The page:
As they play, there are bound to be times that they lose, but video games are designed to keep you playing, so you have endless opportunities to earn more lives or restart. Trying over and over again gives them chances to improve. They learn that within failures there are lessons to learn so they can improve and eventually succeed. Research shows that gamers tend to be goal-seeking and high-achievers, which is a stark contrast from the idea that gamers are antisocial introverts.

A Common Goal

In many games, one player’s progress is a boon for the other players as well. Research on social games shows that completing tasks and exchanging assets as a group strengthens social ties. What’s more, gaming has been shown to produce stronger family bonds in homes where video games are played frequently.

One of the best parts about playing video games with my kids is that they get to teach me. While I have had the opportunity to show my son how to fly long distances or warp to new worlds in Mario, he gets to show me how to make potions and toilets in Minecraft. Useful life skills? Maybe not so much, but the chance to connect on a meaningful level with my preteens is priceless.

As with any media, it’s important to check in with what our kids are doing and the content with which they are interacting. Engaging with them through gameplay provides an additional chance to guide them through virtual scenarios and potential conflict. As gaming and technology are increasingly social, it is essential to help them navigate these online social situations to translate those lessons into the real world.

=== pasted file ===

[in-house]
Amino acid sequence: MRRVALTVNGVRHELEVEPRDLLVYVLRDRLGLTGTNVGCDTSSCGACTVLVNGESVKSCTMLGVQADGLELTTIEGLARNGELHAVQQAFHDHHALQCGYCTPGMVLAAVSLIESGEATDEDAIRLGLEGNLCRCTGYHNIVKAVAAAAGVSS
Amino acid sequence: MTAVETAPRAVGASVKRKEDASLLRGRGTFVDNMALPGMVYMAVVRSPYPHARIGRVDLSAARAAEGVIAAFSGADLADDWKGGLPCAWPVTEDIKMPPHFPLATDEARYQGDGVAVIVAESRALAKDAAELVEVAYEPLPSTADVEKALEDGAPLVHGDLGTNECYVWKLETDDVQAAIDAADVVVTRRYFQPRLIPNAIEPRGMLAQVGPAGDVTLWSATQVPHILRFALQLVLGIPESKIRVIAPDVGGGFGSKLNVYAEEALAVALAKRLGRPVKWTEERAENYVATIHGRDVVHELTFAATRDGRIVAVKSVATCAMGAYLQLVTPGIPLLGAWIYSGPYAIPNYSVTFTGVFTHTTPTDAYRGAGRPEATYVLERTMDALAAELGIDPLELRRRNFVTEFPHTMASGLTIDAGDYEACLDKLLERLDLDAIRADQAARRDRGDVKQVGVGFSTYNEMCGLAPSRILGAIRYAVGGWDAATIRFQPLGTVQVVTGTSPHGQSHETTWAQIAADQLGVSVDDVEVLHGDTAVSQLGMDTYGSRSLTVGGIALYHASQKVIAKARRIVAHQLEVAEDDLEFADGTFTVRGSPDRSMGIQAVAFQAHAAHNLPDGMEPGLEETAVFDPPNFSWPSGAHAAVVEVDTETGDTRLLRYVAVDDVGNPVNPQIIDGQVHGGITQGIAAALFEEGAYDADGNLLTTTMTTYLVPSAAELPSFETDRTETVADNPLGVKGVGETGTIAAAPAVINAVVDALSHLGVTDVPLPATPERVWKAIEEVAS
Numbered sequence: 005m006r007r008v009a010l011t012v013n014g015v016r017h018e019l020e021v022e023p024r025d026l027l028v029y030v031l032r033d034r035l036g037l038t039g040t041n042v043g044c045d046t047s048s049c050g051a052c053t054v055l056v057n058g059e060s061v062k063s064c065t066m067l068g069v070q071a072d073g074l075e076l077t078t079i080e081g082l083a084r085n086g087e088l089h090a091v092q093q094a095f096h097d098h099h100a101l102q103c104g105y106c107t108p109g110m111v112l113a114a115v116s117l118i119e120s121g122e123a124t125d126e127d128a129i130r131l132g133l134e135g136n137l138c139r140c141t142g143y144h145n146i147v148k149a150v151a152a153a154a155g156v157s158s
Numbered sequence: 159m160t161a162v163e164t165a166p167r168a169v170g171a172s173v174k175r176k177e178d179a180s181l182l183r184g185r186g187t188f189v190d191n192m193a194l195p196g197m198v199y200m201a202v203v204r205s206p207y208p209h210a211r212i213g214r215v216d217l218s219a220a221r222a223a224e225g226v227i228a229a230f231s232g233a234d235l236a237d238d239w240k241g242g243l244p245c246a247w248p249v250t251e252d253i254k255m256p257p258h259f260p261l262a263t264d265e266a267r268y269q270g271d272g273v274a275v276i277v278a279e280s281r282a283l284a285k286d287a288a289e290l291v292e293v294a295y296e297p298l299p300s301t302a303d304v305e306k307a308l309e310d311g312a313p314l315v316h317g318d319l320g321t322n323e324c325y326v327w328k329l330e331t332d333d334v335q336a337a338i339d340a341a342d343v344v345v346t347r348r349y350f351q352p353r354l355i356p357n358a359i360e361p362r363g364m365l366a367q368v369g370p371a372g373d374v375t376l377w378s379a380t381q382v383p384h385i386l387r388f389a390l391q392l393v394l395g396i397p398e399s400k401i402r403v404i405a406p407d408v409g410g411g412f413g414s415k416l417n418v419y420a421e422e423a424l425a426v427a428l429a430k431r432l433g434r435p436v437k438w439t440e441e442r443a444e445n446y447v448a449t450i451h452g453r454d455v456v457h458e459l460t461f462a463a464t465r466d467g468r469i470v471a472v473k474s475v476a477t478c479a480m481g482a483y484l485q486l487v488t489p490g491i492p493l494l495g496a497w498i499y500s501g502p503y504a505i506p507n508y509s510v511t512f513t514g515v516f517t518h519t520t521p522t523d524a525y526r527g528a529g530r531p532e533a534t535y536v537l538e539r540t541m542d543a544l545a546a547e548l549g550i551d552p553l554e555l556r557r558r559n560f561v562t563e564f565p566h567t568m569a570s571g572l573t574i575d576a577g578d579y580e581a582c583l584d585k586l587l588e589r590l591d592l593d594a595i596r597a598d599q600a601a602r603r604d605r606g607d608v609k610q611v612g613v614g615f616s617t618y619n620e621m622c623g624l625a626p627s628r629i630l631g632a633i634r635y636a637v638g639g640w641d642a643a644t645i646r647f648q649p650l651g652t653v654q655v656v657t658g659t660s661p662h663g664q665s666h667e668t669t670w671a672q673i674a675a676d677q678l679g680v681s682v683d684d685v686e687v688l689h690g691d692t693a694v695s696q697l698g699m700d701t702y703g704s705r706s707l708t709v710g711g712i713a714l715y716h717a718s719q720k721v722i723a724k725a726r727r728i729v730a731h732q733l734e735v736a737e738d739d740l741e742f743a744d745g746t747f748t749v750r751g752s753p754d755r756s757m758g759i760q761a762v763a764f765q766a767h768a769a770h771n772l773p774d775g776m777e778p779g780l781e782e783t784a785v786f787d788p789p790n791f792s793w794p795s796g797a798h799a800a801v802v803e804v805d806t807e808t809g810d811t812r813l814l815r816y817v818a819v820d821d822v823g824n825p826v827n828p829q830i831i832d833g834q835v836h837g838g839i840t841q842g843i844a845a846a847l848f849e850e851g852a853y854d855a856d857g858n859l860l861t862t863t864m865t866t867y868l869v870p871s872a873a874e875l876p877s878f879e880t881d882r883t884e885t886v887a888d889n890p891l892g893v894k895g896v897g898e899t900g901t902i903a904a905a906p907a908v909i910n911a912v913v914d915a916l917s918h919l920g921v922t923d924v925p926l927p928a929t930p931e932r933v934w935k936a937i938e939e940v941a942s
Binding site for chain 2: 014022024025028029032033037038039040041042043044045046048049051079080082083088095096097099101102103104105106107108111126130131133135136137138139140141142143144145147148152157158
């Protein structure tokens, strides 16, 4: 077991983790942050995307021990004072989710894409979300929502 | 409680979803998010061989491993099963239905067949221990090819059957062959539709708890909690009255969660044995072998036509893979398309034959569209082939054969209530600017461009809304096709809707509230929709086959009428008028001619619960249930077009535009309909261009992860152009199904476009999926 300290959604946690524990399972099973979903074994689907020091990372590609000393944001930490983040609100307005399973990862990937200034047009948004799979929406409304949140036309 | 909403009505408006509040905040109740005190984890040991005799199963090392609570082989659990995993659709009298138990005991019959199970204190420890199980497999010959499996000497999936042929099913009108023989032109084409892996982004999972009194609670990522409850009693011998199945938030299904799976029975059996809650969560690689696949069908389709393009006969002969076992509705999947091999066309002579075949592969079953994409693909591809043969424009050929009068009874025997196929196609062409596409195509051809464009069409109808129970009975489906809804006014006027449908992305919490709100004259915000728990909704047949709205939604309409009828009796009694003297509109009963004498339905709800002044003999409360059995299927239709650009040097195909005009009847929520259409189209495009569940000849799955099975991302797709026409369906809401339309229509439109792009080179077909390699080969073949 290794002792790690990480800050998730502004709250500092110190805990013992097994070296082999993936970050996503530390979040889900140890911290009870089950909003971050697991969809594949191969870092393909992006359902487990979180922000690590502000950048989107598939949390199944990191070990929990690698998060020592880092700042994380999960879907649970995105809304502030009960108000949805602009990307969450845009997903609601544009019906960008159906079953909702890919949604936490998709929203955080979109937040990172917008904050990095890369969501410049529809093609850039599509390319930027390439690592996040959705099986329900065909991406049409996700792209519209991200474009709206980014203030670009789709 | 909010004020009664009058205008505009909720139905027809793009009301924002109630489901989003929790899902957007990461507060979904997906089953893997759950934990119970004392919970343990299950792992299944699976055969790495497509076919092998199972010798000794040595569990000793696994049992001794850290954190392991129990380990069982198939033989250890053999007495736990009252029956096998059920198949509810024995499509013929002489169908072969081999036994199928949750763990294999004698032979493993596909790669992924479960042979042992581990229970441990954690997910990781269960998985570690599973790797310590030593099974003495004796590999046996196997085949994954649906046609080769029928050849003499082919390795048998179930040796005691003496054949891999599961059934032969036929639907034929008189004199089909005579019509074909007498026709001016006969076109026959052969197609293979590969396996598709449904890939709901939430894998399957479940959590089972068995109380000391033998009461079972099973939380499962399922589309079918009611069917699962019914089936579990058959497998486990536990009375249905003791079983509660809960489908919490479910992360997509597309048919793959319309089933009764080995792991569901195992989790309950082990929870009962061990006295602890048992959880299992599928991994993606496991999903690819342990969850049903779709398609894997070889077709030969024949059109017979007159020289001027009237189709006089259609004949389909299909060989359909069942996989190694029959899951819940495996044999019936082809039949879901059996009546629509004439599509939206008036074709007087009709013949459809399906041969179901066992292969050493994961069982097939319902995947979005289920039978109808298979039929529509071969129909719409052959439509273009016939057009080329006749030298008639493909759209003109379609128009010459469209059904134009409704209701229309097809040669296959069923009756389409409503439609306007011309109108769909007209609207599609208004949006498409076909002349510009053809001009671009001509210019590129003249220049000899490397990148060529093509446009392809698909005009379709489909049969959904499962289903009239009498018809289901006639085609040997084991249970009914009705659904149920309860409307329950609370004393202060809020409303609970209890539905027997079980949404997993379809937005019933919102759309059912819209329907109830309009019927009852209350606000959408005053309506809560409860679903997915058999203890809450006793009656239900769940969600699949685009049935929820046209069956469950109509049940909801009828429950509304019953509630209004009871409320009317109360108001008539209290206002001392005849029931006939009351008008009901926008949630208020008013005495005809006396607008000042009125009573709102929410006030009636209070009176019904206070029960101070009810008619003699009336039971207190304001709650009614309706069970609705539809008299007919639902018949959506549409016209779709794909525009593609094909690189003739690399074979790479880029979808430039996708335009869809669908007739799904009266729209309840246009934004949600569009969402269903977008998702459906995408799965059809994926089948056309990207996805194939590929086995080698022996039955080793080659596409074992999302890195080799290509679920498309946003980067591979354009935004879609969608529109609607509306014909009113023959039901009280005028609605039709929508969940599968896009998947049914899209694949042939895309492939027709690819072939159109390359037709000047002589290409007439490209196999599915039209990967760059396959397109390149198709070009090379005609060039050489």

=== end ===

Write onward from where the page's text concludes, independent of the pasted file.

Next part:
It is also important to find a balance between gaming, shows and other technology. As parents, we set the example for healthy screen usage, and it is key to encourage children to participate in setting appropriate boundaries around their screen time. Helping them to take ownership of their devices will yield healthy screen habits in the long term. TechDen™ can help encourage these healthy habits early-on while creating a balance with the technology in our lives.

TechDen combines an app parents use to manage screen time with a physical home, The Den™, that charges and stores kids’ phones and tablets. Storing devices in The Den establishes a new mindset of unavailability and gives our devices a home of their own. The Den takes an “out of sight, out of mind” approach that teaches healthy digital habits, establishes boundaries, and creates a positive balance with technology.

Jacquelyn Nause is a TechDen contributing writer with specialties in parenting, real estate, and wellness. She enjoys traveling with her husband, being a doting mother to her two incredible kids and enjoying the beautiful Pacific Northwest playground.

Sources:

  1. https://www.forbes.com/sites/jordanshapiro/2013/12/04/research-says-parents-and-kids-should-play-video-games-together/#25d456e34892
  2. https://asunow.asu.edu/content/move-over-monopoly-asu-researchers-find-families-bond-over-video-game-play
  3. https://lib.dr.iastate.edu/cgi/viewcontent.cgi?article=2651&context=etd